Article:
Middleton's top-10 sports stories of 2018

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MTT News's picture
By: 
Rob Reischel
Middleton's girls swimming and diving team won its third straight state title in November./Times-Tribune photo by Mary Langenfeld

 

It was another great year for the sports teams at Middleton High School.

There were conference championships, state tournament appearances and coaching changes.

Here’s my ranking of the top-10 stories of the year.

 

1. Three times the fun

Not many programs could survive the disqualification of an elite relay teams.

Then again, not many programs are like the girls swimming and diving team at Middleton High School.

The Cardinals competed at the WIAA Division 1 state meet without their 400-yard freestyle relay team, which was disqualified at sectionals due to a false start.

No worries.

Middleton finished with 249.50 points – 61.5 points ahead of second-place Cedarburg (188) and brought home its third straight state championships. Sun Prairie finished third with 170 points and Verona /Mount Horeb took fourth with 169 points.

“Certainly you never want those things to happen and it stinks, but it was almost a blessing in disguise,” Middleton coach Lauren Cabalka said of the disqualification. “I think we’re a really solid, deep team with a lot of talent and sometimes you can ride on that. And when that gets taken from you, then you have to really show what you’re made of.”

Without its highly-regarded relay team, Middleton entered the meet as a 2.5-point underdog to Cedarburg, according to the Wisconsin Interscholastic Swim Coaches Association (WISCA), which scored the meet based on sectional times and seedings.

The news only served as more fuel for the Cardinals.

“The disqualification was kind of hard, but I think our team really thrives off of stuff like that,” said senior Makenna Licking. “We have been through so much as a team and it has only made our team closer, so I think that really helps us work together and pump each other up. Going in as the underdog is really motivating for our team.”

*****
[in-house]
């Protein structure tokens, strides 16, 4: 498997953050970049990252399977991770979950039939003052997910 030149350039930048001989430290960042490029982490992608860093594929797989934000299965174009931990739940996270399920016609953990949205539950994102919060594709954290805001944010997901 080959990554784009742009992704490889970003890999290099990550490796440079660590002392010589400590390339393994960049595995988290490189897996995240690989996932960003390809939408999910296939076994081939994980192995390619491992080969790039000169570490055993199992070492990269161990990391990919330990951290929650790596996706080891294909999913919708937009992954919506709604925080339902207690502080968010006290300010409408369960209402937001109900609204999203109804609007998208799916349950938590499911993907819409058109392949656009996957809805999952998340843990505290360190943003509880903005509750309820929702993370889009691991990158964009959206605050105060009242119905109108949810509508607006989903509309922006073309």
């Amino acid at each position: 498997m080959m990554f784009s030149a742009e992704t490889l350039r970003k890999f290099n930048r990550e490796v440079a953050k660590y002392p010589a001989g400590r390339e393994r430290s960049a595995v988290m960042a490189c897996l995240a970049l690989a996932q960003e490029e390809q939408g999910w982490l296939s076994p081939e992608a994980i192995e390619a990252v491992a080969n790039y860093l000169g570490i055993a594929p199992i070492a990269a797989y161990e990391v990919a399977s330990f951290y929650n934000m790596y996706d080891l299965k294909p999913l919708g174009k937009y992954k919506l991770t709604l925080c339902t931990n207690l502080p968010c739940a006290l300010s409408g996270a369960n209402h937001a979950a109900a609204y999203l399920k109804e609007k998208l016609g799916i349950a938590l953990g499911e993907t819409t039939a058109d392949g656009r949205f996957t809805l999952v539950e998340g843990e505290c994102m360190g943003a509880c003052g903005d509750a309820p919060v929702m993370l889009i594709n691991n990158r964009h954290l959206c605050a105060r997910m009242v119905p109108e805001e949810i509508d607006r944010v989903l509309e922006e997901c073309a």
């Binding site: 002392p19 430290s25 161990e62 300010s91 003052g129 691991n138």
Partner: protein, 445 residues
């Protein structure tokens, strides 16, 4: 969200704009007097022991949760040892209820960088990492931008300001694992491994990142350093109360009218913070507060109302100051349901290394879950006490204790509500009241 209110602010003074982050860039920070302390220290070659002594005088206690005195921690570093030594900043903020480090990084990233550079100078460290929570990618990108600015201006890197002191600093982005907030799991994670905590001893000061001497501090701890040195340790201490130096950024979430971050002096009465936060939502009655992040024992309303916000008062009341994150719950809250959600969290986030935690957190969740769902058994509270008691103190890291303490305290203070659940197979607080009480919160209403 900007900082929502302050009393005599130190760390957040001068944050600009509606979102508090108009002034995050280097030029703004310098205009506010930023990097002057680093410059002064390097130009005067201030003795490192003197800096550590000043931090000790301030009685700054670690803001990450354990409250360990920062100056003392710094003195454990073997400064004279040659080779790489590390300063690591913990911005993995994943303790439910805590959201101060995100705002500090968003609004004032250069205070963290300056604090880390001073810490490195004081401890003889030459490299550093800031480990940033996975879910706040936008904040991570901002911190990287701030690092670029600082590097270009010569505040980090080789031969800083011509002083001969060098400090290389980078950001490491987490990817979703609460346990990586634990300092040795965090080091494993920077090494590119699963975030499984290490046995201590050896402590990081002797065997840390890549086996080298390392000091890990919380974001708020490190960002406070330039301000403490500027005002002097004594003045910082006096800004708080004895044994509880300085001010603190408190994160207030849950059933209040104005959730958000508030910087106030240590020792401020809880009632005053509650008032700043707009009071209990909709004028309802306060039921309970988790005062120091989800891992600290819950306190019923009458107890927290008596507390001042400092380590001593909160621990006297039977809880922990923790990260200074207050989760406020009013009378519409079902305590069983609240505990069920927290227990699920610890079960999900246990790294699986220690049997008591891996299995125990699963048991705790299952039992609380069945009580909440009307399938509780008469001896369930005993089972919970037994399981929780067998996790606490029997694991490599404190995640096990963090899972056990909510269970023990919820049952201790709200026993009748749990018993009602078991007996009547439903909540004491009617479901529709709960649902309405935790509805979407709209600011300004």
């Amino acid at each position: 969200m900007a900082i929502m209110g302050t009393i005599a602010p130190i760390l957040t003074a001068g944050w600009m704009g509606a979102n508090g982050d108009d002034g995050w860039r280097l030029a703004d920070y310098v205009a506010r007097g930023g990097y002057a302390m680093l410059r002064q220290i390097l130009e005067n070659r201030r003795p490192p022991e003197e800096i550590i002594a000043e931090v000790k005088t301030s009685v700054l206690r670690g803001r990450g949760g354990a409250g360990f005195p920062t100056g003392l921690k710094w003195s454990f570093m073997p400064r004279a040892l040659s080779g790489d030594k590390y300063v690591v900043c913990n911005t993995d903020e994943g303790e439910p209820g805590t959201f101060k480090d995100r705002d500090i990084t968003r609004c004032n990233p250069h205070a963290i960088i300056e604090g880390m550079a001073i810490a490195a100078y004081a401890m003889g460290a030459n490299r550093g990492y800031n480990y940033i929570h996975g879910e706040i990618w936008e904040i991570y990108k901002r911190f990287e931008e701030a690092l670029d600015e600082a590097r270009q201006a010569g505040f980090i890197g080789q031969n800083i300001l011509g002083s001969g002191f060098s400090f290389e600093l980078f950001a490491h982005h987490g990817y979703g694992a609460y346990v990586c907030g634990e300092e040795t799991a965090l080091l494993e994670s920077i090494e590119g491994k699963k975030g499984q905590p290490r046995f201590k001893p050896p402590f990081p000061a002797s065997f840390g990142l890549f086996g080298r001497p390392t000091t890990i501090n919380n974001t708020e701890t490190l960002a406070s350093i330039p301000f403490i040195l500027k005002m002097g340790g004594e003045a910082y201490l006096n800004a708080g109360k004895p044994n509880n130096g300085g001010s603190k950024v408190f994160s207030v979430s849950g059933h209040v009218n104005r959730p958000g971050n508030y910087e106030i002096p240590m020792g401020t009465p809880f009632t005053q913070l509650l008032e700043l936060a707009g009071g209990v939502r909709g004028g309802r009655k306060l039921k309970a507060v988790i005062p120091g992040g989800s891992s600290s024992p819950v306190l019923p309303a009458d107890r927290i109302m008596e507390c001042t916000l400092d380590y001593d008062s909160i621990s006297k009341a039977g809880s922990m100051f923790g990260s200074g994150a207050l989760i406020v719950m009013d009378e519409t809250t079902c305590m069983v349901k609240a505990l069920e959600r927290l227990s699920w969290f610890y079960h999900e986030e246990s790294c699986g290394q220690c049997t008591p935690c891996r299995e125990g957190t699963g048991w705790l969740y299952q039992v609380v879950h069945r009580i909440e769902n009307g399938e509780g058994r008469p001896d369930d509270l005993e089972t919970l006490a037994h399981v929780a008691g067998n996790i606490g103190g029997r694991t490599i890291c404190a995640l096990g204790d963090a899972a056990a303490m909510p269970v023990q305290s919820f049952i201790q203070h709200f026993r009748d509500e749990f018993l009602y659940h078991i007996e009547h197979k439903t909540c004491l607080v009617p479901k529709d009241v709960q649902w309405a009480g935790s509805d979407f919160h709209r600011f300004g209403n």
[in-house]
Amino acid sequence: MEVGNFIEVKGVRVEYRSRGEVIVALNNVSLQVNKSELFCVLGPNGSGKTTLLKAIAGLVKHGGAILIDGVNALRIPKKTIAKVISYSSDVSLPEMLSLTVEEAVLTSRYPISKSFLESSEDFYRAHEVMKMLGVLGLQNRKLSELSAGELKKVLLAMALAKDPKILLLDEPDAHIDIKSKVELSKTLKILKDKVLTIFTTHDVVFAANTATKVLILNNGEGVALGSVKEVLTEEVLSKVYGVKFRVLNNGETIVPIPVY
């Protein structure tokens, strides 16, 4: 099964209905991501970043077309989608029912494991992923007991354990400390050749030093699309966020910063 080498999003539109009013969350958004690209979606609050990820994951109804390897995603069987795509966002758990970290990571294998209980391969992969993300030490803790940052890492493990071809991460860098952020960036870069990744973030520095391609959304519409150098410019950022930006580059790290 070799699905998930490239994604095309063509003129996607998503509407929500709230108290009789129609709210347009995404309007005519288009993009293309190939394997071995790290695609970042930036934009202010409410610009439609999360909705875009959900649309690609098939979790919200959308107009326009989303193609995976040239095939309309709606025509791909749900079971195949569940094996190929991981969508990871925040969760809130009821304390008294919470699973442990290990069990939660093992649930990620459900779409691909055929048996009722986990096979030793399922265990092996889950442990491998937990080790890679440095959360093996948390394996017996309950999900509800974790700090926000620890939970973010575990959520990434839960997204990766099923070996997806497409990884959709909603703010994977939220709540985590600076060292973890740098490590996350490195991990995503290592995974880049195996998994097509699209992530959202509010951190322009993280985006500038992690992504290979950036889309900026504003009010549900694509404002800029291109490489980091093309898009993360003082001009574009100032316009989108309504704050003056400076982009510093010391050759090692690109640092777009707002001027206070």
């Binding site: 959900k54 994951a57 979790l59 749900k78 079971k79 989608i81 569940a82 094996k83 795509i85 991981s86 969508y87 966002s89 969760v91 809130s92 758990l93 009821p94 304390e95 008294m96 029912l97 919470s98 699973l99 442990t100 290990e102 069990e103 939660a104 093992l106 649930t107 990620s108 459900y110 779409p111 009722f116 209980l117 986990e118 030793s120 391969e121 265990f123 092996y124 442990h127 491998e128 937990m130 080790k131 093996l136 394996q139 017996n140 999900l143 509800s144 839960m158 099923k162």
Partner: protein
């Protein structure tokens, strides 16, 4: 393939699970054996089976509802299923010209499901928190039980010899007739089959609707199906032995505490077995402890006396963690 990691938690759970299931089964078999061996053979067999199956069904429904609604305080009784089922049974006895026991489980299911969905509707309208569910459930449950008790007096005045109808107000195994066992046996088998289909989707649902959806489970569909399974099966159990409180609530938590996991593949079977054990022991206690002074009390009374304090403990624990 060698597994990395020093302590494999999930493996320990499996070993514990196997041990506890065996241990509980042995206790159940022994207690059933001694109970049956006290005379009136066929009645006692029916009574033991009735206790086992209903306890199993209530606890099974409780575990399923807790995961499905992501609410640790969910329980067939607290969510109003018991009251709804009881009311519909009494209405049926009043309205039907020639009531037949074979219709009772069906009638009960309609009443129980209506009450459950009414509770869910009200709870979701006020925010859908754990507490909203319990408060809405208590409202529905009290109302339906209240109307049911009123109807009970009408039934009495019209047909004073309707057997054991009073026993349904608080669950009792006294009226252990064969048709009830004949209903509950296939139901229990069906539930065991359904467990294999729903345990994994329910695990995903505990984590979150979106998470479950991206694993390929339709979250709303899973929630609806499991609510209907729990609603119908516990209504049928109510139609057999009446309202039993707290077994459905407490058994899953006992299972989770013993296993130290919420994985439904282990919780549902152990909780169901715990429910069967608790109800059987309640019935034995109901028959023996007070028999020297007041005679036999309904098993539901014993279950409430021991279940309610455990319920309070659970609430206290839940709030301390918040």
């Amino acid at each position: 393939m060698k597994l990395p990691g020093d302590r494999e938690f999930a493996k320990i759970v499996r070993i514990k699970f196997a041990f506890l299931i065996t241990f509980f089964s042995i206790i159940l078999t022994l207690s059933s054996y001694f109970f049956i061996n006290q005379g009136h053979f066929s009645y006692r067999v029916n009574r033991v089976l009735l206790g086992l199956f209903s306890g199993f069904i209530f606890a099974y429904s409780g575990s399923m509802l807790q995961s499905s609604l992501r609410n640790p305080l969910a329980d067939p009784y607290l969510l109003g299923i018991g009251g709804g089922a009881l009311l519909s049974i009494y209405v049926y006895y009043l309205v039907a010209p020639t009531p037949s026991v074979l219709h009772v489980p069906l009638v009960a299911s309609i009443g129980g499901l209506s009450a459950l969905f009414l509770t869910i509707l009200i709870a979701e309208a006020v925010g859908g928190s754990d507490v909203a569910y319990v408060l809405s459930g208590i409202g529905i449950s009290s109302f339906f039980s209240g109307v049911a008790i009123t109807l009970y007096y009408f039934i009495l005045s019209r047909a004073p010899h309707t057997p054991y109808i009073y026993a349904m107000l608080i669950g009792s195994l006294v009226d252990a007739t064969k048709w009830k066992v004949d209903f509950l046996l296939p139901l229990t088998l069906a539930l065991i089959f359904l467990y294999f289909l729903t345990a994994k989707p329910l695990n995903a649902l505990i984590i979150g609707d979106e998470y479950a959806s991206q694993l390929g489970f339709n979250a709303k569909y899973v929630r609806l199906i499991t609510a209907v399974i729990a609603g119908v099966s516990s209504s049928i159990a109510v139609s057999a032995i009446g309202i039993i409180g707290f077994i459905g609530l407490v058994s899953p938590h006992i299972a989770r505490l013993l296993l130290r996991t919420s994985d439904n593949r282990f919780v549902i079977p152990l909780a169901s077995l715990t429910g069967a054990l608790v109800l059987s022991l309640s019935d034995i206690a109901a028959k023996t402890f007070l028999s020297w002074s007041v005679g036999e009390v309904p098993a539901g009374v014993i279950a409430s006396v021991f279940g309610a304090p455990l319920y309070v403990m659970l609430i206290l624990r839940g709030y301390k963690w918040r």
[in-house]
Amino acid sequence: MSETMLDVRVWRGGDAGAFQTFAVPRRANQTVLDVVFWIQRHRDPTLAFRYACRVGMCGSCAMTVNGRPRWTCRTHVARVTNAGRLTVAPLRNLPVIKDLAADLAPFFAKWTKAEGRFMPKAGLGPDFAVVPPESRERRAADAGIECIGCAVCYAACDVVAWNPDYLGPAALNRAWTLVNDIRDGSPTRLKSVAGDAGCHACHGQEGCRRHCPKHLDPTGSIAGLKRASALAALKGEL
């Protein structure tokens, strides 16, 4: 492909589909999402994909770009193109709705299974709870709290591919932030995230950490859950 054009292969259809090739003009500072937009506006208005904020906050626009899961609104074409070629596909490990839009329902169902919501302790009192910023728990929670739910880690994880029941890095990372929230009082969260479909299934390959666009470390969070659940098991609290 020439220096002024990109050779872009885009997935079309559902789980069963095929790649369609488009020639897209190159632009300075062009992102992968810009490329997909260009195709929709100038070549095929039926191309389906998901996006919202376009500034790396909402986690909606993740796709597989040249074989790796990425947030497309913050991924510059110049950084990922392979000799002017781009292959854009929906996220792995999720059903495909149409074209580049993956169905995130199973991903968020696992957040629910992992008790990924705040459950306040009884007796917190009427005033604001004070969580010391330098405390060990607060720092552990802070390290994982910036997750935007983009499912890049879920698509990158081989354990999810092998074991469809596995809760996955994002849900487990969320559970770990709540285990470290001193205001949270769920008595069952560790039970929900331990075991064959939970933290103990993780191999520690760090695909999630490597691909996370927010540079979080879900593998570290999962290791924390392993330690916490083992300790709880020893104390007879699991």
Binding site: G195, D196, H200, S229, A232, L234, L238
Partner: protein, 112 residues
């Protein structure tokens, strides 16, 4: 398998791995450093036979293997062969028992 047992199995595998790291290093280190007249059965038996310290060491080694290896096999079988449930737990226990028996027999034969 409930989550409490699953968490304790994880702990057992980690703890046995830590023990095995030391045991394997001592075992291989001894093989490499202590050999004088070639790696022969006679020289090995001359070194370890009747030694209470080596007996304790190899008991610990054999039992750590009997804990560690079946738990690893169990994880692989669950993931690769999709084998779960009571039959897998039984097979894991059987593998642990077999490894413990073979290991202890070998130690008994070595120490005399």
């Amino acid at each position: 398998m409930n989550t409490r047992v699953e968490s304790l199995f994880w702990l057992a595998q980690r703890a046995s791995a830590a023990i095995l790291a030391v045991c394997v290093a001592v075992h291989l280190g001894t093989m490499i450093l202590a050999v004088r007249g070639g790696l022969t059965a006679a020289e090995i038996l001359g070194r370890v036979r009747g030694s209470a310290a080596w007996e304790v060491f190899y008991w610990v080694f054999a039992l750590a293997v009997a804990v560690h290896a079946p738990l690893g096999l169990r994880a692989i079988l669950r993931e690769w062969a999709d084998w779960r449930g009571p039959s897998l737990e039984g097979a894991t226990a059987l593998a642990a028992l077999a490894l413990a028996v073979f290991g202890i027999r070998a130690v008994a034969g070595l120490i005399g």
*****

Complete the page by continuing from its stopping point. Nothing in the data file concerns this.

Junior Gabriela Pierobon Mays agreed.

“This team just worked their butts off for so long, so hard for this,” Pierobon Mays said. “It almost ended at sectionals. We almost let ourselves be defeated, but we came back Monday afternoon and then we’re like, ‘That’s not something we can control any more, but we still have a week left. We’re not going to be defeated, we’re not going in like we lost.’

“Every single girl on this team embodied that and it’s amazing to see all of the girls that stepped up and moved up, not just the two points that we were asked by our coach, but 10 points, 15 points, 20 points. It was really interesting to see what our team can do when no one believes that we can.”

The Cardinals’ goal was to be leading by at least 40.5 points entering the 12th and final event – the 400-freestyle relay, which would award 40 points to the winner. Victories in the 500 freestyle and the 200 relay down the stretch clinched it as the Cardinals built an insurmountable 95.5 point cushion entering the final event.

Senior Hannah Aegerter won the 500 freestyle in 4 minutes, 55.48 seconds. Aegerter trailed Abby Carlson of Waukesha South/Mukwonago throughout the race, but passed her over the final 50 yards and cruised to victory. Aegerter wasn’t able to compete in the 500 last year after withdrawing from the sectional meet to receive medical attention.

Licking added a third-place finish in the 500 in 5:03.09.

The team of Pierobon Mays, Berkley Smith, Aegerter and Licking then captured the 200 freestyle relay in 1:34.

Aegerter was also second in the 200 freestyle in 1:52.36 and was also part of the 200 medley relay team with Pierobon Mays, sophomore Ally Silvestri and Smith in 1:44.08.

Silvestri earned a runner-up finish in the 100 breaststroke in 1:02.41 behind only Verona/Mount Horeb’s Grace Bennin, who set a new state record in the event in 1:00.65. Teammate junior Alex Anagnostopoulos added a fourth-place finish in the 100 breaststroke in 1:04.35.

Silvestri was also fourth in the 200 individual medley in 2:05.29, followed by Anagnostopoulos (14th in 2:08.34) and sophomore Madelyn Lawn (19th in 2:10.17).

Pierobon Mays, Smith, Emily Keebler and Licking all earned individual podium finishes while swimming in the second heats of their events. Pierobon Mays did it twice earning fourth-place finishes in the 100 butterfly in 55.28 and 100 backstroke in 55.78. She had won the 100 butterfly state title the past two seasons and was happy to contribute while still recovering from shoulder surgery in late February to repair a torn labrum. Licking finished fifth in the 200 freestyle in 1:53.22, Keebler placed sixth in the 200 individual medley in 2:05.67 and Smith took sixth in the 50 freestyle in 24.10.